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Reflections In A Cup: An Ethical Recipe For Success

June 17, 2008
By Stuart Daw


It’s possible to create a good life for yourself in the coffee business, but of course it’s not automatic.

It’s possible to create a good life for yourself in the coffee business, but of course it’s not automatic.

For living the good life in any profession means seeking to gain and to hold rational values, those things necessary to sustain and enjoy life, including, for example, a love, a home, a car, a productive job, friends, family, and financial security, to name a few. The methods we use to achieve these values are known as ethics, or morals. And we can either consciously employ a moral code to guide us, or we can act emotionally, with only an implicit moral code as indicated by our actual behaviour.

Is it possible to be morally perfect in this era of moral relativism, when one’s actions may be only pragmatic and in response to the particular situation at hand – you know, situation ethics, “whatever works for now?”
To most people the possibility of moral perfection might sound ridiculous. Imagine someone bursting into a room and proclaiming him or herself to be morally perfect, without being laughed at. But why would it not be possible as human beings to achieve it, living successfully while being virtuous too? Is it a contradiction in terms? After all, is it not “well known” that to be successful, business people must climb upward over the broken bones of their employees, competitors, and suppliers, kicking, kneeing, and gauging their way to the top?
Or could it be true that, in spite of the cynical skepticism prevalent today, being virtuous may be a precondition for successful living?


Ayn Rand, creator of the Objectivist school of philosophy, identified seven virtues that constitute a recipe for a happy, successful life. While I cannot speak for Objectivism, here in brief is my take on these virtues. And incidentally, I had a little fun by arbitrarily assigning points to each virtue, and scoring myself accordingly. I gave all but the last virtue 13 points, totaling 78, with 22 points going to the seventh and what Rand considered the prime virtue, so 100 total points were possible. Wonder of wonders. I found myself to be imperfect. (How could that be?)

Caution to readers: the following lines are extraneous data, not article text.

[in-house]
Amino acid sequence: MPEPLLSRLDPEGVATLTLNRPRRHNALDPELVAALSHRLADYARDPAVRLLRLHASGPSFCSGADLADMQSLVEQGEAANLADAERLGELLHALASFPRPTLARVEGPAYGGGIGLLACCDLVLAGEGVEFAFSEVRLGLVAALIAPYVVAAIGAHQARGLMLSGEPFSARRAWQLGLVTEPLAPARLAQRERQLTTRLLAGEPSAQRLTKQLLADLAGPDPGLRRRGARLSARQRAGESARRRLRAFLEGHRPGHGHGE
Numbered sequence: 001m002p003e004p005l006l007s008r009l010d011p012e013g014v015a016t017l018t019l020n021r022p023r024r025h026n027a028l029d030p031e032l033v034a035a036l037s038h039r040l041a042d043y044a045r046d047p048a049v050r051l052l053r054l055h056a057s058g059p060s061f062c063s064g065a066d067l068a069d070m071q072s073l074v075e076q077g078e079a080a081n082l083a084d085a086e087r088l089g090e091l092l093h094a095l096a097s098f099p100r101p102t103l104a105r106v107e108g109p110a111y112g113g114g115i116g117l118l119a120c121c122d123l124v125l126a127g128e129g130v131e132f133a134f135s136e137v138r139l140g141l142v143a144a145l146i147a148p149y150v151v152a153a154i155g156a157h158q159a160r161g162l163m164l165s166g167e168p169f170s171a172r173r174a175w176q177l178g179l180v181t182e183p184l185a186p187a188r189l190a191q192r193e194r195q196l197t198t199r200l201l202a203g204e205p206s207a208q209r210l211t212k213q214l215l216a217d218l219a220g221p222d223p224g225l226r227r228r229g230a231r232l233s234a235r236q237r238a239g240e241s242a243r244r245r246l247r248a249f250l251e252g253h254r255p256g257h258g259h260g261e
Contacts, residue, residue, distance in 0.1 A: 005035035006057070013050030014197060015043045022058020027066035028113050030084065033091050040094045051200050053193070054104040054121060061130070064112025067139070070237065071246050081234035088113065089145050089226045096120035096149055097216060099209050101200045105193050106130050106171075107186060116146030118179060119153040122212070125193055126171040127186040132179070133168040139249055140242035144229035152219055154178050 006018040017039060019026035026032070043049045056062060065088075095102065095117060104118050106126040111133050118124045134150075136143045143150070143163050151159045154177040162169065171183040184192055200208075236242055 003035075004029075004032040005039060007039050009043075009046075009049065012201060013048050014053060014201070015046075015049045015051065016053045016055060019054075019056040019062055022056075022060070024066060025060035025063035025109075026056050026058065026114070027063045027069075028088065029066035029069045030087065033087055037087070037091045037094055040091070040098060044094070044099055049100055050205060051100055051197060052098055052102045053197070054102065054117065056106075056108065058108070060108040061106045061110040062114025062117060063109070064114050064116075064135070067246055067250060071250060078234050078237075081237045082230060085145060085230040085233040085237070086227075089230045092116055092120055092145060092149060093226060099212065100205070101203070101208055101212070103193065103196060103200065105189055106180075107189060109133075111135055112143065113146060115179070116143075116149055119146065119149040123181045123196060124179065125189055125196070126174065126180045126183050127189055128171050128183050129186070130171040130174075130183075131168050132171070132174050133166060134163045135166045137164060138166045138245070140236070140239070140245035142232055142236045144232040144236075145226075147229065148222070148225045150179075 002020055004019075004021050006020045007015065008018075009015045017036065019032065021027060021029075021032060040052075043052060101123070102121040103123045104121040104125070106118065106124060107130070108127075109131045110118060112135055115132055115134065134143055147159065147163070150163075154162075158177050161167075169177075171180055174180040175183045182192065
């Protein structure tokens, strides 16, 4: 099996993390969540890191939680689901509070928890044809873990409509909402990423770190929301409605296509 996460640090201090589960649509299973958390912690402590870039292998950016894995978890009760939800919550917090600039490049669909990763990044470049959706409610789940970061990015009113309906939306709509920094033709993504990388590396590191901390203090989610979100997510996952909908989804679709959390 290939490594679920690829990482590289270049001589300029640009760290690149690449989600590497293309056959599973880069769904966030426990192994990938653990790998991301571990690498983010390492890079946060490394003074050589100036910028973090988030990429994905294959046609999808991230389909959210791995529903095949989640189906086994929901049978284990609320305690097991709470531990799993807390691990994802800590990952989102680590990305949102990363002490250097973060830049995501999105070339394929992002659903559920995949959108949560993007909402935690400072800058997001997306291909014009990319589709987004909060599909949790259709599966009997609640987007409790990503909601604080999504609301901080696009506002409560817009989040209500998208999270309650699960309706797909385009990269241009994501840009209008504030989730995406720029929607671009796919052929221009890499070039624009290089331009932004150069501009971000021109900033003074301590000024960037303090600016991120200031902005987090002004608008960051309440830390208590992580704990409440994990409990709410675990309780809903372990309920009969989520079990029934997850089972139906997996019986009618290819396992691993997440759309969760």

The first five virtues were listed in no particular order, and are as follows:

HONESTY simply means never faking reality. If you evade reality by lying, how can you deal successfully with other people? You can’t expect them to enter your world of unreality, for there would be no basis for communication and mutual understanding. And just in case you are about to give yourself full marks on this one, do you never, ever exaggerate? Be honest, now.

INTEGRITY means establishing a rational set of principles by which to live, and following them ruthlessly. “This above all; to thine own self be true.” If you practice this, as others get to know you they will have a growing respect for the consistency and reliability of your ideas, even though they may disagree with you from time to time.

PRODUCTIVENESS involves creating the values you need for your life, enjoying or exchanging them voluntarily and for mutual benefit with others who have produced some values you desire (always trade upwards, trading your values for yet higher values. Never trade downward). In most transactions involving the payment of money for example, you trade the value of your work (money) for the good or service you purchase, which you value more than the money you are willing to pay, or obviously you wouldn’t pay it.
INDEPENDENCE means making your own way, acting by your own independent, rational judgment, and not being a mere follower. You can’t reasonably expect others to produce the values you want and need, then give them to you gratis. And this applies to ideas too. By refusing to focus and to think independently while merely copying and mouthing the ideas of others, you make yourself into what Rand called a “second hander.”
JUSTICE means expecting to get exactly what you deserve in life through your own effort, no more, no less, and expecting the same rule to apply to others. If you have no moral responsibility to be “your brother’s keeper,” neither should you expect others to have the responsibility for keeping you.
PRIDE does not “goeth before a fall.” It is the emotional sum, the reward you have a right to feel for living a virtuous life. If you have earned the right to be proud through the steady application of the other six virtues, thereby gaining moral perfection, people will look up to you, respect you, and want to follow you too.

RATIONALITY is the seventh and most important virtue, for it precedes and is a precondition for all the others. Moral perfection must begin by having a rational as opposed to an irrational, destructive code of ethics. And so rationality is the cardinal virtue upon which a successful life depends. Only by being rational, applying reason to the facts of reality, can we practice the other important virtues.
Contrary to popular opinion, the great producers of Western Civilization had to be virtuous to achieve as they did, to have people eager to follow them and to seek their own values by dealing with them. Can you imagine not being successful, long-range, if you simply applied the above virtues consistently? And can you imagine being a true success if you failed to apply even one of them?

Most of us – just to survive with a modicum of success – practice them subconsciously more or less, but maybe we can set a better track record for ourselves by at least being aware of the possibilities in following a better ethical and moral path in life. So why not subject yourself to a test such as the one I mentioned above? If you score a perfect 100, you surely deserve to feel pride as the dominant emotion.

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